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Wednesday, 11 September, 2002, 19:15 GMT 20:15 UK
TUC fights off euro revolt
euro notes and coins
The TUC has traditionally backed the euro
The TUC leadership has fought off a revolt over its support for membership of the European single currency.


Don't take the TUC for granted, and don't expect British workers to accept a cheap and shoddy version of the European ideal

John Edmonds, GMB
Left-wing unions, including heavyweights Unison and TGWU, called on the government to postpone a referendum on the euro until after the next election.

But the conference voted by 3.5 million to 2.3 million to "press the case for positive support for UK membership of the single currency".

The vote is the clearest signal yet that the union movement is strongly divided over the single currency debate.

The TUC general council's pro-euro line got 52% of the votes, with 36% against and 12% abstaining.

Manufacturing jobs

Alan Laing, of the anti-euro No Campaign, said: "This is the softest pro-euro vote for years at a TUC Conference.

"Support is weakening all the time."

John Edmonds, of the strongly pro-euro GMB, warned the government it could not "click its fingers" and expect enthusiastic support from unions towards a referendum on the single currency.

And in a sop to the anti-euro lobby, he said the TUC would re-convene to discuss its support for the single currency when the Treasury publishes the results of its five economic tests.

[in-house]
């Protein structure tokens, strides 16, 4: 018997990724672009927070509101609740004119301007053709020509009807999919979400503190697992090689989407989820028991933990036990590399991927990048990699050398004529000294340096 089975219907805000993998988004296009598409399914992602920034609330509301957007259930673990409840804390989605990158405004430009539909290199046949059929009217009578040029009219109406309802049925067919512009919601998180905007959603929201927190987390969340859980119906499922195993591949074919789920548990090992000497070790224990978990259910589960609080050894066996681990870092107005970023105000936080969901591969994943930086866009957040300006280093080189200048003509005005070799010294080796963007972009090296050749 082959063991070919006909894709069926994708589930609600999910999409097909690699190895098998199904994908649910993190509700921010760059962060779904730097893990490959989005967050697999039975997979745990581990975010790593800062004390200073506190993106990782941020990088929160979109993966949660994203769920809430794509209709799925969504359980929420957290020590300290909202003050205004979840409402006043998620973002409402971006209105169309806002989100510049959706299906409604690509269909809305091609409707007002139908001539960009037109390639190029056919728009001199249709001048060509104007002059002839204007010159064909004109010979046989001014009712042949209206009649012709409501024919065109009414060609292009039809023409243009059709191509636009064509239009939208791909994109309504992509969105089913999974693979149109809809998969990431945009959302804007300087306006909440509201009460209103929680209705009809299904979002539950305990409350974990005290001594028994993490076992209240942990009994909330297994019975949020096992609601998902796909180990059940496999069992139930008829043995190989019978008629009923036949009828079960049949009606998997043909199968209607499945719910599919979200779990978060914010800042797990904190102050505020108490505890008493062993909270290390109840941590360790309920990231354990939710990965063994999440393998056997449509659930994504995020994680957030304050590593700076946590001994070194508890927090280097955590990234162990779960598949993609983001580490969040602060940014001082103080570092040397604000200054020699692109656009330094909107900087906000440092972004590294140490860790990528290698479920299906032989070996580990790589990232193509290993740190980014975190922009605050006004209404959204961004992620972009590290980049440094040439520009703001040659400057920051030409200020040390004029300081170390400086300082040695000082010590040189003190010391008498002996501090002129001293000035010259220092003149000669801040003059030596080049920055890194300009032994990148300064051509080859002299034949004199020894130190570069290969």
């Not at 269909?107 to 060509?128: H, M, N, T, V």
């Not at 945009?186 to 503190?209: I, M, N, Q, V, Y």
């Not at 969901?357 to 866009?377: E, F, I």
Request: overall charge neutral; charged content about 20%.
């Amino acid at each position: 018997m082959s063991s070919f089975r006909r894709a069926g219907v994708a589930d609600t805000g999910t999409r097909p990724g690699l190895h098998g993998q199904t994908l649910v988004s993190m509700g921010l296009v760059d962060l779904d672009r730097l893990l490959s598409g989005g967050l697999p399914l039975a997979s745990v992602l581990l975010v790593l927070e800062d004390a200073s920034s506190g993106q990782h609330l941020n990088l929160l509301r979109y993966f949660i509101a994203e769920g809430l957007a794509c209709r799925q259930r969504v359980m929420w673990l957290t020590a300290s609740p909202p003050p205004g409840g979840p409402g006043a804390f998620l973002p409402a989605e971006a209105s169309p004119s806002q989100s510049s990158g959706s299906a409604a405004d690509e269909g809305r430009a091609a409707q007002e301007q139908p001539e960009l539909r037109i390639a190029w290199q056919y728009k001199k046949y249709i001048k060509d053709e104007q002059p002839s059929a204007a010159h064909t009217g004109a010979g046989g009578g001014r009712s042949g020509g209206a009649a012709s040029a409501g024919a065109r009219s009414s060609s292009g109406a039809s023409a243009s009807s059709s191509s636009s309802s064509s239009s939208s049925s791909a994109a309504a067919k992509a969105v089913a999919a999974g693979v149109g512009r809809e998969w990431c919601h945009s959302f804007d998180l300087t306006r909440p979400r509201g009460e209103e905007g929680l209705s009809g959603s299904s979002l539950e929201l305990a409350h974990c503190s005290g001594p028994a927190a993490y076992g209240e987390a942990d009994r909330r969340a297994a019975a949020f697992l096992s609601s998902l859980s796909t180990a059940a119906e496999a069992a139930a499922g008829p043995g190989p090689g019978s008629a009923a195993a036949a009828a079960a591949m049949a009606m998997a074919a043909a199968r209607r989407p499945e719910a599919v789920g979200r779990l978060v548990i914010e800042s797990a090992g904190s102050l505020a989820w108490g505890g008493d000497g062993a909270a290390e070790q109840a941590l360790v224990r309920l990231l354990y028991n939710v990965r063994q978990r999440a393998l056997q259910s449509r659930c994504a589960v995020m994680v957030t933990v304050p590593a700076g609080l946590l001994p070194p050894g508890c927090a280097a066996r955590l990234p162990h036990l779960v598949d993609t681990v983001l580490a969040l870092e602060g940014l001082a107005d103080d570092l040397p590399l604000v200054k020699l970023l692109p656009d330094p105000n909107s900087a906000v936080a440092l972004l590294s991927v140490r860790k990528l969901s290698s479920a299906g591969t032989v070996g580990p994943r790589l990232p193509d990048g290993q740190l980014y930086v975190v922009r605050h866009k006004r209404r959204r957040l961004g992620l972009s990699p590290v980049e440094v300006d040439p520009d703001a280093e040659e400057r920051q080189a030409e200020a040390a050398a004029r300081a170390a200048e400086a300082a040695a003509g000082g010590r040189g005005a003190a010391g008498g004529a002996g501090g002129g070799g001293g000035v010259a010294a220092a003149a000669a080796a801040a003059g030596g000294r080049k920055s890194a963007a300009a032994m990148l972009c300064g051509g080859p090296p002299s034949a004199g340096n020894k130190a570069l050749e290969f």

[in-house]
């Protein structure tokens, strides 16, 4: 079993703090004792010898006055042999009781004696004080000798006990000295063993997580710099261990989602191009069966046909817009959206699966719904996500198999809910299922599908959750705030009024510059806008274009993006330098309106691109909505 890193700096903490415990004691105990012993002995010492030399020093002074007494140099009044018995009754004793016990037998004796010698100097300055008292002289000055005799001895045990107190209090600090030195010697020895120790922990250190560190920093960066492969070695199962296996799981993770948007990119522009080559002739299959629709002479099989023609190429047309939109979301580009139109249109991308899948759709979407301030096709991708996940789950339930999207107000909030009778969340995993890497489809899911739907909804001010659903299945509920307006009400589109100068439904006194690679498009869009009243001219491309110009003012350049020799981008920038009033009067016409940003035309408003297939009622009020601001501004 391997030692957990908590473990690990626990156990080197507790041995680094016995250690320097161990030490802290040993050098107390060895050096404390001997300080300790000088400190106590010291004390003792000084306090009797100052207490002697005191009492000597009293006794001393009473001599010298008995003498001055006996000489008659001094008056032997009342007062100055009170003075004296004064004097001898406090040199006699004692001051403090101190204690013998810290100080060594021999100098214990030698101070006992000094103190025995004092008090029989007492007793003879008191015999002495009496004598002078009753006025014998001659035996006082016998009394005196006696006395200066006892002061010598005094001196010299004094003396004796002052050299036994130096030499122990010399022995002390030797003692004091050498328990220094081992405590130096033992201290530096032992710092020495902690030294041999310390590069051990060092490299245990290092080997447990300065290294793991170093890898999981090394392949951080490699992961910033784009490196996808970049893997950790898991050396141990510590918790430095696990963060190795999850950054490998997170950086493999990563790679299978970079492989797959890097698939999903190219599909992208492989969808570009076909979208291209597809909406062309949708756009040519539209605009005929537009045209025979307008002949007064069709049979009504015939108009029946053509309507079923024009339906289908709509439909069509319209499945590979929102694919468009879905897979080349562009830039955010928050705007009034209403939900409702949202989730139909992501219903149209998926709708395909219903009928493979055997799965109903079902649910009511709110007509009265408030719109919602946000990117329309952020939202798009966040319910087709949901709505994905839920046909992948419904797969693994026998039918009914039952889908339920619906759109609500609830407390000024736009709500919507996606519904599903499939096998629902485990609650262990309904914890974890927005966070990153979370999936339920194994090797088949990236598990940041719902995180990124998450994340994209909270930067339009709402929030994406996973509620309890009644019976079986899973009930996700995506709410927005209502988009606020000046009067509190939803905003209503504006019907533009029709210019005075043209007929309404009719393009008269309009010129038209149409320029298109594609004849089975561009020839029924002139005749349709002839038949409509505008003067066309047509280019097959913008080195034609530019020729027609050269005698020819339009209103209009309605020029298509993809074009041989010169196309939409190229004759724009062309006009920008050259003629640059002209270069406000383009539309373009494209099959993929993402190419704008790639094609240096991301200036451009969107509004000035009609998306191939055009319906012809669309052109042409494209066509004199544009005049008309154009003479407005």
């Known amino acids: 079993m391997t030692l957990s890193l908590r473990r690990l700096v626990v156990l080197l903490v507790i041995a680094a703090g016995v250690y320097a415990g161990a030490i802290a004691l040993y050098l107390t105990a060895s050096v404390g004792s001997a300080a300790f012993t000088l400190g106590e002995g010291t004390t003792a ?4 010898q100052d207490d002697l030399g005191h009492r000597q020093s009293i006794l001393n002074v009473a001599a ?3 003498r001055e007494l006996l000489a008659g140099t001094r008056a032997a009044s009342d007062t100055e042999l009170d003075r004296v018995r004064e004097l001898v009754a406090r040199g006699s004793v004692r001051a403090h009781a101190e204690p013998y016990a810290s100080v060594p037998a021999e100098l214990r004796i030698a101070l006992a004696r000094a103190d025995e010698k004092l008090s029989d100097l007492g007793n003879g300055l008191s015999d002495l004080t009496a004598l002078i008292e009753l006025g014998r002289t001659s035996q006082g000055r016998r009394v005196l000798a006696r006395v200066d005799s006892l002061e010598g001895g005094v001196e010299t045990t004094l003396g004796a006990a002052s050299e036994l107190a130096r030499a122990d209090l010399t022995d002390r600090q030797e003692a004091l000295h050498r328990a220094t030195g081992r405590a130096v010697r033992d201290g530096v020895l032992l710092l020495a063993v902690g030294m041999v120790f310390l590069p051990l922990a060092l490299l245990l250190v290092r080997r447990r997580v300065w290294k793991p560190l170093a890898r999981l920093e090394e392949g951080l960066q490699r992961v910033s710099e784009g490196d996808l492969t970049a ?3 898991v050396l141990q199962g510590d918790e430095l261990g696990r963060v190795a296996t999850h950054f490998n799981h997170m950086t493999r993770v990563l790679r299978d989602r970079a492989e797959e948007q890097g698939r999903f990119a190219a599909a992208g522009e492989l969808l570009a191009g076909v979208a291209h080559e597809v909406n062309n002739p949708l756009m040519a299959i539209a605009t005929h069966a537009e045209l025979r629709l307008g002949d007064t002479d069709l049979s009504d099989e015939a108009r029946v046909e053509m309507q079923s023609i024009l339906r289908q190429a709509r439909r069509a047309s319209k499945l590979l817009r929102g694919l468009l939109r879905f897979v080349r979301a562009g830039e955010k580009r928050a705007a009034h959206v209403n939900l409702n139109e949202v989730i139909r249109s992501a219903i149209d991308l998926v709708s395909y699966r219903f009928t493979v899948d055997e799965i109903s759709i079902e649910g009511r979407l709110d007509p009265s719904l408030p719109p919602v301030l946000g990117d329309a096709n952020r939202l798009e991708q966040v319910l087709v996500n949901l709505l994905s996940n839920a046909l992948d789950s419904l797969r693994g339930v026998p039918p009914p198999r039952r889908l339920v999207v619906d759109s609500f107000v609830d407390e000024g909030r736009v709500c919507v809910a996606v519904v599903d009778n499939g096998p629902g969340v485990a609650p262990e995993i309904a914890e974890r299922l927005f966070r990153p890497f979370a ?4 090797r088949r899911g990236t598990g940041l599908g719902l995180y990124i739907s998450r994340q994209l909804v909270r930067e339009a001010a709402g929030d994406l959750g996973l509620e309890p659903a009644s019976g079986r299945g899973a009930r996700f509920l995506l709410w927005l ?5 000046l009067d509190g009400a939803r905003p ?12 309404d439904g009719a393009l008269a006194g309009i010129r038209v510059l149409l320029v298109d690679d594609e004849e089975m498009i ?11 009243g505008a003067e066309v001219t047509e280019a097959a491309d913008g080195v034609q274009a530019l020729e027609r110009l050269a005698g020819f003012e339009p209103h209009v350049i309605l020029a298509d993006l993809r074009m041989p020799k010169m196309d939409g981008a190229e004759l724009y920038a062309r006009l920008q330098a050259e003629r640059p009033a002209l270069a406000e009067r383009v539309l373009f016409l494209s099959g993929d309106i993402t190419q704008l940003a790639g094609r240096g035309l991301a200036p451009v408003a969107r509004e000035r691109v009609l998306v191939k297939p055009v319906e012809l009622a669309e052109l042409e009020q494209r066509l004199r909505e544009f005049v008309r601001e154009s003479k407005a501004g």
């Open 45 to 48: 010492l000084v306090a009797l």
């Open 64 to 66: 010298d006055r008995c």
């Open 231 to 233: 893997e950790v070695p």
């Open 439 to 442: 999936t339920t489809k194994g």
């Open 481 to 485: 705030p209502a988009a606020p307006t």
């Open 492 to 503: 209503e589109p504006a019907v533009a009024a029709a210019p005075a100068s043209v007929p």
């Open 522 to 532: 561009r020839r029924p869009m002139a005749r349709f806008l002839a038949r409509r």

Mr Edmonds told delegates in Blackpool government uncertainty over the euro was helping to lose 3,000 jobs a week in manufacturing.

'Unlit sign'

He said: "The government's official line is that we should prepare now and decide later.

"But how can we prepare adequately when all the headlines are grabbed by the antis and where the government's intention is as obscure as an unlit sign on a foggy road."

Mr Edmonds said the unions' vision of Europe, with strengthened workers rights and benefits, seemed different from that of the government.

He offered advice to ministers: "Don't take the TUC for granted, and don't expect British workers to accept a cheap and shoddy version of the European ideal."

'Undemocratic control'

Bill Morris, general secretary of the TGWU and a close ally of Chancellor Gordon Brown, made a strongly eurosceptic speech.

He said the only things going up in the eurozone were unemployment and prices.

And he urged Tony Blair to rule out a referendum in the lifetime of this Parliament and concentrate instead on improving public services.

Jane Carolan of Unison, the biggest single union at the conference, said spending on public services would come under the undemocratic control of the European Bank if the UK was in the single currency.

But Maureen Rooney of Amicus said a delayed referendum would lead to further job losses in manufacturing firms.


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11 Sep 02 | Politics
11 Sep 02 | Business
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